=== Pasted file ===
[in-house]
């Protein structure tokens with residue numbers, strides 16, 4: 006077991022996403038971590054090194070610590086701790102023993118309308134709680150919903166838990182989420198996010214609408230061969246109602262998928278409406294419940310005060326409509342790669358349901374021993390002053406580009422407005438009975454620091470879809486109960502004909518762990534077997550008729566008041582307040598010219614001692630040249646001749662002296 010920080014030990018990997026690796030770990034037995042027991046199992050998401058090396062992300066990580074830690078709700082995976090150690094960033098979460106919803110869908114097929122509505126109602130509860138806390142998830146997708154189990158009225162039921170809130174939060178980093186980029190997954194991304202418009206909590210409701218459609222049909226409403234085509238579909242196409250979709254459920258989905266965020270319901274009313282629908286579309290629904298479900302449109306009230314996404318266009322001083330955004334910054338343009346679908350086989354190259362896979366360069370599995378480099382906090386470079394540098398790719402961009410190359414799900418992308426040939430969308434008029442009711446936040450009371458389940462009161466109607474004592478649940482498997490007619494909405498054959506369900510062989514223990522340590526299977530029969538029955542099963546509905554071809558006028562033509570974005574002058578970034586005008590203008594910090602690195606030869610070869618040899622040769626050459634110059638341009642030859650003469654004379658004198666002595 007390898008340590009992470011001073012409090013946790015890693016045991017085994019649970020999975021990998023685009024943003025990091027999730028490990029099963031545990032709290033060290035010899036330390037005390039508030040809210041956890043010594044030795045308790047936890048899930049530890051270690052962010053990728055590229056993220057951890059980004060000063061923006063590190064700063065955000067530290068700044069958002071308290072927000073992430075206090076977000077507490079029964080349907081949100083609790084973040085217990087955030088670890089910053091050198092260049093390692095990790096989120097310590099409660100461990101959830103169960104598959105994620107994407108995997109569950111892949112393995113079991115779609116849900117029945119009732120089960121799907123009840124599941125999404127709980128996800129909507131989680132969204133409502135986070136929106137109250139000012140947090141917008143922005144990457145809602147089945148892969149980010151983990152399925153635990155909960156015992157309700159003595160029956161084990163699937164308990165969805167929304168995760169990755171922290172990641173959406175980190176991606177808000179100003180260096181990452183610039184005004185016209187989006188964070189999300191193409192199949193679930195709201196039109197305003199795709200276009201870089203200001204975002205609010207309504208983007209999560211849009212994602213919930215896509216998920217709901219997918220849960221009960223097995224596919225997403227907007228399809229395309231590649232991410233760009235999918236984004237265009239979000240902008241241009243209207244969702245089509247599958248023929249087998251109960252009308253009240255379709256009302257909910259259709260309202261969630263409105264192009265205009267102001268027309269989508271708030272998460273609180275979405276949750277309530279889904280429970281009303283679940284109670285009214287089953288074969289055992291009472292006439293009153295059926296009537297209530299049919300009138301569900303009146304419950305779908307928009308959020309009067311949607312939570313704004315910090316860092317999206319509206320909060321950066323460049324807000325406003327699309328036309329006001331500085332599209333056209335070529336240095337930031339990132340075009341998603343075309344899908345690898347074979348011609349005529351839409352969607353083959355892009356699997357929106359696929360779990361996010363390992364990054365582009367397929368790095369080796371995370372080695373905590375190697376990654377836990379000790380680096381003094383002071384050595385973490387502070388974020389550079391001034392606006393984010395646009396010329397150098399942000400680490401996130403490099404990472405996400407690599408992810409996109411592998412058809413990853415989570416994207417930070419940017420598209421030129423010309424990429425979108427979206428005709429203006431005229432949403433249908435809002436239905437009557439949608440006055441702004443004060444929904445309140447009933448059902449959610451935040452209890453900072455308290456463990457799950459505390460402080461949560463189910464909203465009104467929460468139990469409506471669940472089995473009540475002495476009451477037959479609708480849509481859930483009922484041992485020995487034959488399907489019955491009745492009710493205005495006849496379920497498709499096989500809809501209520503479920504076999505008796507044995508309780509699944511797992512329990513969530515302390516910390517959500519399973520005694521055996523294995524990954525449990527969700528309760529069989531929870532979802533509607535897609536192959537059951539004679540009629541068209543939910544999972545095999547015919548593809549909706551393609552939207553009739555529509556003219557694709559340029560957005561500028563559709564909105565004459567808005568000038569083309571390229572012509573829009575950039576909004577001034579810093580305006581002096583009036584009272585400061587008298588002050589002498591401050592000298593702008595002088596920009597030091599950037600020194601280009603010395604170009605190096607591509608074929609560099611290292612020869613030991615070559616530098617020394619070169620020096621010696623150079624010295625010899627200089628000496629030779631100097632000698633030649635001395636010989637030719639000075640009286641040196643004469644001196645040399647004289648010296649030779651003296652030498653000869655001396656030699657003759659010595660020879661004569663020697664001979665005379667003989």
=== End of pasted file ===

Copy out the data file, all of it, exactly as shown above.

[in-house]
């Protein structure tokens with residue numbers, strides 16, 4: 006077991022996403038971590054090194070610590086701790102023993118309308134709680150919903166838990182989420198996010214609408230061969246109602262998928278409406294419940310005060326409509342790669358349901374021993390002053406580009422407005438009975454620091470879809486109960502004909518762990534077997550008729566008041582307040598010219614001692630040249646001749662002296 010920080014030990018990997026690796030770990034037995042027991046199992050998401058090396062992300066990580074830690078709700082995976090150690094960033098979460106919803110869908114097929122509505126109602130509860138806390142998830146997708154189990158009225162039921170809130174939060178980093186980029190997954194991304202418009206909590210409701218459609222049909226409403234085509238579909242196409250979709254459920258989905266965020270319901274009313282629908286579309290629904298479900302449109306009230314996404318266009322001083330955004334910054338343009346679908350086989354190259362896979366360069370599995378480099382906090386470079394540098398790719402961009410190359414799900418992308426040939430969308434008029442009711446936040450009371458389940462009161466109607474004592478649940482498997490007619494909405498054959506369900510062989514223990522340590526299977530029969538029955542099963546509905554071809558006028562033509570974005574002058578970034586005008590203008594910090602690195606030869610070869618040899622040769626050459634110059638341009642030859650003469654004379658004198666002595 007390898008340590009992470011001073012409090013946790015890693016045991017085994019649970020999975021990998023685009024943003025990091027999730028490990029099963031545990032709290033060290035010899036330390037005390039508030040809210041956890043010594044030795045308790047936890048899930049530890051270690052962010053990728055590229056993220057951890059980004060000063061923006063590190064700063065955000067530290068700044069958002071308290072927000073992430075206090076977000077507490079029964080349907081949100083609790084973040085217990087955030088670890089910053091050198092260049093390692095990790096989120097310590099409660100461990101959830103169960104598959105994620107994407108995997109569950111892949112393995113079991115779609116849900117029945119009732120089960121799907123009840124599941125999404127709980128996800129909507131989680132969204133409502135986070136929106137109250139000012140947090141917008143922005144990457145809602147089945148892969149980010151983990152399925153635990155909960156015992157309700159003595160029956161084990163699937164308990165969805167929304168995760169990755171922290172990641173959406175980190176991606177808000179100003180260096181990452183610039184005004185016209187989006188964070189999300191193409192199949193679930195709201196039109197305003199795709200276009201870089203200001204975002205609010207309504208983007209999560211849009212994602213919930215896509216998920217709901219997918220849960221009960223097995224596919225997403227907007228399809229395309231590649232991410233760009235999918236984004237265009239979000240902008241241009243209207244969702245089509247599958248023929249087998251109960252009308253009240255379709256009302257909910259259709260309202261969630263409105264192009265205009267102001268027309269989508271708030272998460273609180275979405276949750277309530279889904280429970281009303283679940284109670285009214287089953288074969289055992291009472292006439293009153295059926296009537297209530299049919300009138301569900303009146304419950305779908307928009308959020309009067311949607312939570313704004315910090316860092317999206319509206320909060321950066323460049324807000325406003327699309328036309329006001331500085332599209333056209335070529336240095337930031339990132340075009341998603343075309344899908345690898347074979348011609349005529351839409352969607353083959355892009356699997357929106359696929360779990361996010363390992364990054365582009367397929368790095369080796371995370372080695373905590375190697376990654377836990379000790380680096381003094383002071384050595385973490387502070388974020389550079391001034392606006393984010395646009396010329397150098399942000400680490401996130403490099404990472405996400407690599408992810409996109411592998412058809413990853415989570416994207417930070419940017420598209421030129423010309424990429425979108427979206428005709429203006431005229432949403433249908435809002436239905437009557439949608440006055441702004443004060444929904445309140447009933448059902449959610451935040452209890453900072455308290456463990457799950459505390460402080461949560463189910464909203465009104467929460468139990469409506471669940472089995473009540475002495476009451477037959479609708480849509481859930483009922484041992485020995487034959488399907489019955491009745492009710493205005495006849496379920497498709499096989500809809501209520503479920504076999505008796507044995508309780509699944511797992512329990513969530515302390516910390517959500519399973520005694521055996523294995524990954525449990527969700528309760529069989531929870532979802533509607535897609536192959537059951539004679540009629541068209543939910544999972545095999547015919548593809549909706551393609552939207553009739555529509556003219557694709559340029560957005561500028563559709564909105565004459567808005568000038569083309571390229572012509573829009575950039576909004577001034579810093580305006581002096583009036584009272585400061587008298588002050589002498591401050592000298593702008595002088596920009597030091599950037600020194601280009603010395604170009605190096607591509608074929609560099611290292612020869613030991615070559616530098617020394619070169620020096621010696623150079624010295625010899627200089628000496629030779631100097632000698633030649635001395636010989637030719639000075640009286641040196643004469644001196645040399647004289648010296649030779651003296652030498653000869655001396656030699657003759659010595660020879661004569663020697664001979665005379667003989």